News Cellar - Making $$ on the Web

Other Advertising Networks Besides Google AdSense

October 16th, 2006 by John Chow

When bloggers think of online advertising, the words Google AdSense immediately pops to mind. Google had done an amazing job capturing the internet advertising market with the AdSense product. However, Google is not the only game in town. As a webmaster, it is your duty to seek out other ways to monetize your site. As we all know, putting all your eggs in one basket isn't the smartest thing to do. Yet I have come across countless blogs with no other means of monetization other than AdSense. Even my own blog was running just Google until a few days ago.

I was discussing this problem with Bradford Liedel of and he came up with an interesting idea – why not make a list of all the online advertising opportunities that are available for blog and site owners? This list will be part of a new webmaster resource site that will feature discussions and ratings on the listed advertising companies. The site will be launching soon. In the mean time, I have decided to give you a preview of the master list. The list is pretty big at 130 companies. I wonder how many will still be around in a year or two?

Personal Growth - Health

Moisturizers Up Skin Cancer in Mice

4 Commonly Used Moisturizing Creams Promote Tumors in UV-Exposed Mice By Daniel J. DeNoon /  WebMD Health News
Reviewed by Louise Chang, MD

Aug. 14, 2008 -- Four commonly used moisturizers promoted skin cancers in mouse studies.

Mice are not men. But the unexpected finding suggests that these -- and perhaps other products -- may not be as safe as they're thought to be.

The moisturizers tested in the study were Dermabase, Dermovan (a wholesale-only product discontinued in 2006), Eucerin Original Moisturizing Cream, and Vanicream.

News Cellar - Startup / Entrepreneurship

Entrepreneurs Find Gold in Gadget Startups

By Priya Ganapati / Wired
March 25, 2009

Fitbit founders Eric Friedman and James Park are betting that hardware, not software, is the way to build a successful startup.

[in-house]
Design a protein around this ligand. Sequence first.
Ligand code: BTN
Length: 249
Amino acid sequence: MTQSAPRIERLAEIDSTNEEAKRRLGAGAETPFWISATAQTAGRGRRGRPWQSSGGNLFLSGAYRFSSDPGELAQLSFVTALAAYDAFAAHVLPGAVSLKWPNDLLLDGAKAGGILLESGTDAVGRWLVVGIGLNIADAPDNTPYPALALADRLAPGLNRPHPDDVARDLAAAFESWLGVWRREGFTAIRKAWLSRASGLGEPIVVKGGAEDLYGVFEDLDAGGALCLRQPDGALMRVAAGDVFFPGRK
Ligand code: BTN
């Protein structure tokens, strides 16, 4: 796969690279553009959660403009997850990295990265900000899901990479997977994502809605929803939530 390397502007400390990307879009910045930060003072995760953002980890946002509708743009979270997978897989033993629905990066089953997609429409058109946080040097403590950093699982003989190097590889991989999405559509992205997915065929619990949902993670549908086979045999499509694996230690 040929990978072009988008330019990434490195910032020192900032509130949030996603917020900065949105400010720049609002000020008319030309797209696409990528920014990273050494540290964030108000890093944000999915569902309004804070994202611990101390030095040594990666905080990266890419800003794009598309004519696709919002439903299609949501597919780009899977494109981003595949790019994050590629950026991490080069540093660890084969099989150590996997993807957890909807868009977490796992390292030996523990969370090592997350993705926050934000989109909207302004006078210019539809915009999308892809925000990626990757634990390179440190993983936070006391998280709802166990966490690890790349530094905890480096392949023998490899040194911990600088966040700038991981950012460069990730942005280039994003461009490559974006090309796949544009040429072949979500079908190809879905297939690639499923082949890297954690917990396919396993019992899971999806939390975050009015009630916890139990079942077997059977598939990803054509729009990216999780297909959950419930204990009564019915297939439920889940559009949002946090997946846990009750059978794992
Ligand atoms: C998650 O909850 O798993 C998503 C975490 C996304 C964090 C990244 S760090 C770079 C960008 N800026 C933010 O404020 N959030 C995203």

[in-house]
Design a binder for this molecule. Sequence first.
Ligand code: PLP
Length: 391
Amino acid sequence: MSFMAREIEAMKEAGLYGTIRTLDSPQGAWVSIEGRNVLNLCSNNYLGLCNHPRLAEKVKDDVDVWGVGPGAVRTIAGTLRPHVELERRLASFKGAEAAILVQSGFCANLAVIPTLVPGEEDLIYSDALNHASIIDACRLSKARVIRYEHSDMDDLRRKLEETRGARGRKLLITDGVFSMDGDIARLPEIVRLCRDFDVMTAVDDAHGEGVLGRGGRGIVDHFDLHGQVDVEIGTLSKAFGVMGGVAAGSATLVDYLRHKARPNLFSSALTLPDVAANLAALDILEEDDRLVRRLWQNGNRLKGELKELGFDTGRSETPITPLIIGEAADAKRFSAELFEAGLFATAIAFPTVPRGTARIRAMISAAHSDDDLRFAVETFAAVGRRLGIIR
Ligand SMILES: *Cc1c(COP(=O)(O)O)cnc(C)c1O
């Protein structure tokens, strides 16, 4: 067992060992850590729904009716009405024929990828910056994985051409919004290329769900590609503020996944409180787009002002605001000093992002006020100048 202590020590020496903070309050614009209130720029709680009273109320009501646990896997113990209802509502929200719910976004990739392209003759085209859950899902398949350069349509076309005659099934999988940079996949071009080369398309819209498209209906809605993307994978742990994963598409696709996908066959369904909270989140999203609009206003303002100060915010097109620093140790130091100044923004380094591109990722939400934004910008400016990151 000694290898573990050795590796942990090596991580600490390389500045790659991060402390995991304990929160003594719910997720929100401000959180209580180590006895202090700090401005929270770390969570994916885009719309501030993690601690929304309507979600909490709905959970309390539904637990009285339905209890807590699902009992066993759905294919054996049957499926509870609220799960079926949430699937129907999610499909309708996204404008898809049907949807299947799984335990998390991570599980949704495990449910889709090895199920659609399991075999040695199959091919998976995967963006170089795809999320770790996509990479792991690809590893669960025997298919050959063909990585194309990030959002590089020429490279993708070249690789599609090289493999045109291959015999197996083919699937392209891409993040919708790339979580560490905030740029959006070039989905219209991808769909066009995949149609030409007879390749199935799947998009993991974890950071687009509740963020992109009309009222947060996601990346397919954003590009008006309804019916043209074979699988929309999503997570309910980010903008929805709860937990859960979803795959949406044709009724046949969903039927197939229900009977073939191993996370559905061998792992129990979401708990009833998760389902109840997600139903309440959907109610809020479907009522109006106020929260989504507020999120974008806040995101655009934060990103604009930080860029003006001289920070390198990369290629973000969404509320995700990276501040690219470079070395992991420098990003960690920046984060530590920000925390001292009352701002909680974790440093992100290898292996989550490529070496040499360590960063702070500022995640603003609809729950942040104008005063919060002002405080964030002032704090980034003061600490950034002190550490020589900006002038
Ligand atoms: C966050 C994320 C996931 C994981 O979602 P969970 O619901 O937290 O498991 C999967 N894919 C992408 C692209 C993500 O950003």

Photo: Jon Snyder /

James Park and his partner Eric Friedman stood out like a couple of sore thumbs.

They were in the middle of a crowd of other entrepreneurs at TechCrunch50, a small conference for startups, held in San Francisco last September.

But unlike most of their peers, the duo weren’t touting a web-based mashup, a new advertising platform or a collection of 3-D avatars for customer service. They sought attention for their hardware company, which was building a fitness gadget called Fitbit that would be part pedometer, part wellness tracker.

"We have three full-time employees and everything else is outsourced," says Park. "But we have a great idea and we have a flexible work force, and we want to build the next big thing in the gadgets business."

News Cellar - Startup / Entrepreneurship

How to Start a Startup

March 2005
(This essay is derived from a talk at the Harvard Computer Society.)

You need three things to create a successful startup: to start with good people, to make something customers actually want, and to spend as little money as possible. Most startups that fail do it because they fail at one of these. A startup that does all three will probably succeed.

And that's kind of exciting, when you think about it, because all three are doable. Hard, but doable. And since a startup that succeeds ordinarily makes its founders rich, that implies getting rich is doable too. Hard, but doable.

If there is one message I'd like to get across about startups, that's it. There is no magically difficult step that requires brilliance to solve.

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